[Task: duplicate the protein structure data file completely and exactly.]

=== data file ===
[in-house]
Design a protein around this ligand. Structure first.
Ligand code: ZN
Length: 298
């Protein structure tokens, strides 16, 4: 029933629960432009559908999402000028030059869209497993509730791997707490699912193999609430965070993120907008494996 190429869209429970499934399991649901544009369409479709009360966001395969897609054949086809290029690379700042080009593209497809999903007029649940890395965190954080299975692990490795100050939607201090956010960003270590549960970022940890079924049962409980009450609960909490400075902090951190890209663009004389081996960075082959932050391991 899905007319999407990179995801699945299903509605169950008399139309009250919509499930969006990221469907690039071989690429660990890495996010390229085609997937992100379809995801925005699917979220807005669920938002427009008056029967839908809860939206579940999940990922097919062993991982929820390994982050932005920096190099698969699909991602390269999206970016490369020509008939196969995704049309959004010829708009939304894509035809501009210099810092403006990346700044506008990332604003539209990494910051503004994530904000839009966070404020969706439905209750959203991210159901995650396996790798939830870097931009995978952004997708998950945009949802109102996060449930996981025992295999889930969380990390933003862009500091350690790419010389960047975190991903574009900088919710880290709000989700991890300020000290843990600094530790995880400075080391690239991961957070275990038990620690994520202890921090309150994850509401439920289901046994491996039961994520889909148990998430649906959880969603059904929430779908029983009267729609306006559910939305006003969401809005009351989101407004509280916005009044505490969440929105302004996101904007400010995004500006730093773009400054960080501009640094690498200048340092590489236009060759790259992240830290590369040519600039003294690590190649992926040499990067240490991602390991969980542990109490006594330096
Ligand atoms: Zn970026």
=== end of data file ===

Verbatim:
[in-house]
Design a protein around this ligand. Structure first.
Ligand code: ZN
Length: 298
């Protein structure tokens, strides 16, 4: 029933629960432009559908999402000028030059869209497993509730791997707490699912193999609430965070993120907008494996 190429869209429970499934399991649901544009369409479709009360966001395969897609054949086809290029690379700042080009593209497809999903007029649940890395965190954080299975692990490795100050939607201090956010960003270590549960970022940890079924049962409980009450609960909490400075902090951190890209663009004389081996960075082959932050391991 899905007319999407990179995801699945299903509605169950008399139309009250919509499930969006990221469907690039071989690429660990890495996010390229085609997937992100379809995801925005699917979220807005669920938002427009008056029967839908809860939206579940999940990922097919062993991982929820390994982050932005920096190099698969699909991602390269999206970016490369020509008939196969995704049309959004010829708009939304894509035809501009210099810092403006990346700044506008990332604003539209990494910051503004994530904000839009966070404020969706439905209750959203991210159901995650396996790798939830870097931009995978952004997708998950945009949802109102996060449930996981025992295999889930969380990390933003862009500091350690790419010389960047975190991903574009900088919710880290709000989700991890300020000290843990600094530790995880400075080391690239991961957070275990038990620690994520202890921090309150994850509401439920289901046994491996039961994520889909148990998430649906959880969603059904929430779908029983009267729609306006559910939305006003969401809005009351989101407004509280916005009044505490969440929105302004996101904007400010995004500006730093773009400054960080501009640094690498200048340092590489236009060759790259992240830290590369040519600039003294690590190649992926040499990067240490991602390991969980542990109490006594330096
Ligand atoms: Zn970026």